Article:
As the audience was waiting in the entrance hall, suddenly the lighting went down. The play started the steps at both sides of the hall. After then the audience acted as "the audience". The story proceeded at places of this chapel and the audiences followed the actors and actresses.
I couldn't imagine that such an immoral play could be performed in a real chapel. A Romany girl Esmeralda dances bewitchingly for the Father in front of Christ's statue. The Father entreats Esmeralda to marry him at back of the chapel. The black Hunchback dances Michael Jackson right in the chapel. A drug dealer threatens the Father with a pistol. At the basement, there is Hell. There is Violence, Sex and Drugs.
All casts were fascinating.
The production make me remind me Shuji Terayama's play. (He was a Japanese experimental playwright.) He often made the audience act "the audience" and the theatre opened onto the real city. In the last scene of this play, the door of the chapel opens and the Hunchback releases to the actual town. We could see a real double decker go past a road over the door. But this play's theme was the release from chapel (Father), But Terayama had focused incestuous love and hate between a mother and a son. This is big difference.
Anyway I was really impressed. There are some rooms for artist in residence at the basement of this chapel. And also regarding the performance I saw last night, I was moved by the strong support and tolerance for the Art by the Chapel.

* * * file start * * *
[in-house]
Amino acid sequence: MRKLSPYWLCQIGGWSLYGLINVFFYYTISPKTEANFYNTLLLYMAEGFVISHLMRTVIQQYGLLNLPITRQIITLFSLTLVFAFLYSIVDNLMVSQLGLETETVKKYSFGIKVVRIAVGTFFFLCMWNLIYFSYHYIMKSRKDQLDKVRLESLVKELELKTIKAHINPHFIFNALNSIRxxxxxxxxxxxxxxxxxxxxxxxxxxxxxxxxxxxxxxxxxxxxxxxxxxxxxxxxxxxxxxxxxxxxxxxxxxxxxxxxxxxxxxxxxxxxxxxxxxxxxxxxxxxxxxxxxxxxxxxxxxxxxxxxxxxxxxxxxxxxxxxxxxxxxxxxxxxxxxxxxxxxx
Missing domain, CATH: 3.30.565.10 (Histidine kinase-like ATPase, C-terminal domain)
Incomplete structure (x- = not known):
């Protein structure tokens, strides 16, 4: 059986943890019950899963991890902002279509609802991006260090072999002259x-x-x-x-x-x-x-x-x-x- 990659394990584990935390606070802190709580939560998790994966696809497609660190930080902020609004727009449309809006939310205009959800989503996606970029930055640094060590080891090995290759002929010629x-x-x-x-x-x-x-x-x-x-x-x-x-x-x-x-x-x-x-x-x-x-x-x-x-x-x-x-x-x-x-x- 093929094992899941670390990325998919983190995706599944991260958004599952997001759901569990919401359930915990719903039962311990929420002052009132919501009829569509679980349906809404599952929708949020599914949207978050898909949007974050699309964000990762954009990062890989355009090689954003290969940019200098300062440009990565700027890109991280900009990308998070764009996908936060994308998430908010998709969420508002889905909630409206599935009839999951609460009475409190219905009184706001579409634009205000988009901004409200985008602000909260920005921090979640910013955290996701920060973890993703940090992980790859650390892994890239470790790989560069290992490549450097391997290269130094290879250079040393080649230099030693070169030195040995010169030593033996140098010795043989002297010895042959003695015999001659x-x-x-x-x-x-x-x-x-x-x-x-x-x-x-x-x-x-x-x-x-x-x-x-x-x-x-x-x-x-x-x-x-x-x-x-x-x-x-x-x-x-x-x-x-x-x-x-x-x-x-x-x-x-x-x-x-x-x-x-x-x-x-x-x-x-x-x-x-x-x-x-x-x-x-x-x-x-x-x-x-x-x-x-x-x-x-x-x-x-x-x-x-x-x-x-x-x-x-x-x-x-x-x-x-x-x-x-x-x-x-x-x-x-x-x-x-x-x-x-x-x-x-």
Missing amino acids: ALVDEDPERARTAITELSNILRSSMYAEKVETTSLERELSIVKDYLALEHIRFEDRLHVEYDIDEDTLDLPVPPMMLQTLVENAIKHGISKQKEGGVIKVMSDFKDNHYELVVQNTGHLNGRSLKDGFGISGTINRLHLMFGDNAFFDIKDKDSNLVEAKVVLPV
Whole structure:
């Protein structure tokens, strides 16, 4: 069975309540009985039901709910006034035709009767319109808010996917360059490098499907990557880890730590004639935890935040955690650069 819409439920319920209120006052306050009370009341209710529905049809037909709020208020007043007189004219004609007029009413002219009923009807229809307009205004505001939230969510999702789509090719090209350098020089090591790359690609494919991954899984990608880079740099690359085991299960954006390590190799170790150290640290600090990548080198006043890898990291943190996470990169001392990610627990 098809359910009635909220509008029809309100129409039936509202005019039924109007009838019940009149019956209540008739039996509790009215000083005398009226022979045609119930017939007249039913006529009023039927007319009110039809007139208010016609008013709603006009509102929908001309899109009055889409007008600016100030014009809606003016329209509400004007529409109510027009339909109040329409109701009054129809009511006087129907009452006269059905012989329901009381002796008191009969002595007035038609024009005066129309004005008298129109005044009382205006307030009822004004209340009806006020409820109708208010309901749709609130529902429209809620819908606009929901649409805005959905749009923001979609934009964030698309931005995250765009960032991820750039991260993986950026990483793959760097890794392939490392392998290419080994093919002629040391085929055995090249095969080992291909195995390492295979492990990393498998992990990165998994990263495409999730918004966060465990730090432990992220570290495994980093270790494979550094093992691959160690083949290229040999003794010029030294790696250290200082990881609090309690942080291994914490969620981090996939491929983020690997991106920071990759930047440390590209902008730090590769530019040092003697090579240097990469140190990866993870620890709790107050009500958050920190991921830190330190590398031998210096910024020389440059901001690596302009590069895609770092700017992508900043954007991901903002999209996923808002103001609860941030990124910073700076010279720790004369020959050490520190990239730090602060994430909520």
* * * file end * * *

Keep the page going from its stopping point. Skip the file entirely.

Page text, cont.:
17 November, 2002
Emma Kay
The Laws of the Land
The Approach
- 17 Nov

Emma Kay exhibited eight panels, printed British legal documents, on the wall in her latest work.
From Adoption Act, Freedom of Information Act, Homeless Person Act, Wild Plants until Protection Act, the eighty four acts were listed by small letters heavily. But depending on the context they seem almost to limit our rights, instead of protecting them. It shows us the framework of rights in Law.

17 November, 2002
Leon Grodski
Great Balls of Fire 2001
Anthony Wilkinson Gallery
One of the video programmes "NEAR-LIFE EXPERIENCE".
This video was taken on a street in NY in the afternoon of September 11, 2001.
A camera takes a man, who is singing, asking a pedestrian for coins with a coca-cola cup. The pedestrians are walking wearing a mask not in a hurry, but in normal speed. Sometimes the scenes, in which the World Trade Center building is falling apart, are insert until it become mere white smokes at night.